There are many animals that are resident within the buildings here. Some rats live in and some come in from outside. The common squirrel, also a rodent, lives in and outside houses. Earlier two shrews used to wander into our house at dusk making a call that sounded like chick chick. Unfortunately this species is not seen any more. Were these the remnants of many that inhabited the area prior to the construction of the houses here or did they succumb to a predator.

Rat snakes come into our garden regularly seeking a cool spot to avoid the heat of the day rather than to catch its prey.

However these snakes prey on rats and squirrels and also probably consumed the shrews. Ratsnakes are the most common snake here. Cobras and Russels Vipers (Polonga in Sinhala) are also seen. I have also seen a Haldanda twice.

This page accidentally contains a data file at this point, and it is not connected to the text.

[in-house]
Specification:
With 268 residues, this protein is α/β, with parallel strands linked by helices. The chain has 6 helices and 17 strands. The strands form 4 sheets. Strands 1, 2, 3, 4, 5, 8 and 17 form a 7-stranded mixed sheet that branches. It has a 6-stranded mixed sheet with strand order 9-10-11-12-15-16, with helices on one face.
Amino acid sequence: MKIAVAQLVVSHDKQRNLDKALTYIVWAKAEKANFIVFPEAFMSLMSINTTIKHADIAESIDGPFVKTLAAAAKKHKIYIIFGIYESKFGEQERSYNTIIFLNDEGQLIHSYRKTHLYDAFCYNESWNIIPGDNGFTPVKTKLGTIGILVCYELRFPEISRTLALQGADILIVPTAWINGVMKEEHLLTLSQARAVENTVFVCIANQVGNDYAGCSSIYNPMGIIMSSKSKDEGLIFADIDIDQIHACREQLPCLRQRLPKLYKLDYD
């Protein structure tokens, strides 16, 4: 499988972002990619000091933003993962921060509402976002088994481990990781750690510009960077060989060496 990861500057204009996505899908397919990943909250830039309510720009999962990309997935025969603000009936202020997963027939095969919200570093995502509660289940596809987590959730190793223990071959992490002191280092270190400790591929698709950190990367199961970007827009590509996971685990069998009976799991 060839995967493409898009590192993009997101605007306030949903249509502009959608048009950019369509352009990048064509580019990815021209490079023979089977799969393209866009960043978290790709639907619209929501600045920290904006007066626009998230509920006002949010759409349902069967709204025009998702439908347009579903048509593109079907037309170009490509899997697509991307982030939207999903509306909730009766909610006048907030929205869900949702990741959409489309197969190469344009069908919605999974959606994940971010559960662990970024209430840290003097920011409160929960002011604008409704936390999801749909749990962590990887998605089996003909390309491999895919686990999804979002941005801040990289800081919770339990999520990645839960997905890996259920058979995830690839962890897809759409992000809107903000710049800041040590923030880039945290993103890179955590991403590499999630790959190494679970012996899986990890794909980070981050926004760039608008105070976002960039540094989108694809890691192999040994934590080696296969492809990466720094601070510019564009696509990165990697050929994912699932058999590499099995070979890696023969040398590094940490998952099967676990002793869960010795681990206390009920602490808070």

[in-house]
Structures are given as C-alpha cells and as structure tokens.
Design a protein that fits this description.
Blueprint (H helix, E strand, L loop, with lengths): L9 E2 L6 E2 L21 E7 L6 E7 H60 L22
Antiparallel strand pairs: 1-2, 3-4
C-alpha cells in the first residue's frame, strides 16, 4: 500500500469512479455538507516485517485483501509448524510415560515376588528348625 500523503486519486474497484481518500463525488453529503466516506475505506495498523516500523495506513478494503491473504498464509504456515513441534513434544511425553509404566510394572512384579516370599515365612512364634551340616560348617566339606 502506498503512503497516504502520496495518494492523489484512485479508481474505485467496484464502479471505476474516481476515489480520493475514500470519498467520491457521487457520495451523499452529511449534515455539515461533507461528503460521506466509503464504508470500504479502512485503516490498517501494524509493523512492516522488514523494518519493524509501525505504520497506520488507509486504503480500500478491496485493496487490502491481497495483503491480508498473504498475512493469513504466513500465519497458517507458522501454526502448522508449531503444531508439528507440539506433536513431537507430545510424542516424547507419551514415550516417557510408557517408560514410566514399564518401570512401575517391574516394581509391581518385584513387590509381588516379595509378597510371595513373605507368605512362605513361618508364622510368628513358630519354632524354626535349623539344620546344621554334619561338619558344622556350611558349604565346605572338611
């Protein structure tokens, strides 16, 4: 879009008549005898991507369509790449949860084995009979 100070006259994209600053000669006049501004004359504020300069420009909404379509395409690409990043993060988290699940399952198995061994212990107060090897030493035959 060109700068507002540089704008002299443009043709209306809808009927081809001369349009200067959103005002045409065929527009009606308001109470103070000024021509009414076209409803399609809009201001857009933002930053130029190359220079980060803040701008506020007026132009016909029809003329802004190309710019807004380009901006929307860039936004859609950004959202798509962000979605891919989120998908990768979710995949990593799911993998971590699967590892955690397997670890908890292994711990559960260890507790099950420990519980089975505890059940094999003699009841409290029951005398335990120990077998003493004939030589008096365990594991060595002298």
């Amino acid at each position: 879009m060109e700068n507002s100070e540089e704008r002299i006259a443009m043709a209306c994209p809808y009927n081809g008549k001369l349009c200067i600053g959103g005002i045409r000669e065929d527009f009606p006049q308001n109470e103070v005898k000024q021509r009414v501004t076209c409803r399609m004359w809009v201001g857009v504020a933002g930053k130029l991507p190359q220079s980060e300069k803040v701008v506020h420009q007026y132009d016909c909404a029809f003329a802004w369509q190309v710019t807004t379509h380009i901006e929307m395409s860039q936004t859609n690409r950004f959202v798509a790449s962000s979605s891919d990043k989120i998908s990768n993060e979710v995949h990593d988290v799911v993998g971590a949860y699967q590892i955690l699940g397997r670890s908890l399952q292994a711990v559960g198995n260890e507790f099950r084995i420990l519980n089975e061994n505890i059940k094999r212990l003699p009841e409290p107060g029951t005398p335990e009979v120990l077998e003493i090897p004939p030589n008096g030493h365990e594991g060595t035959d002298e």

Polecats (Paradoxurus hermaphoditus) are resident in the ceilings of some houses. In Sinhala they are referred to as Uguduwa or Kalawadda though Kalawadda is the correct name for this species. The Uguduwa is the ring-tailed Civet. Polecats come in at the break of day to roost in dark places and leave at dusk in search of food. They feed on rats and various types of fruit. In the wild they eat the fruit of the Kitul tree (Caryota urens) and spread the seeds with their faeces. They breed in ceilings of houses and in the holes of trees. The urine which they discharge drips through the ceiling has a very offensive smell.

The largest mammal here is the Fishing Cats (Prionailurus viverrinus). In Sinhala it is known as the Handun Diviya.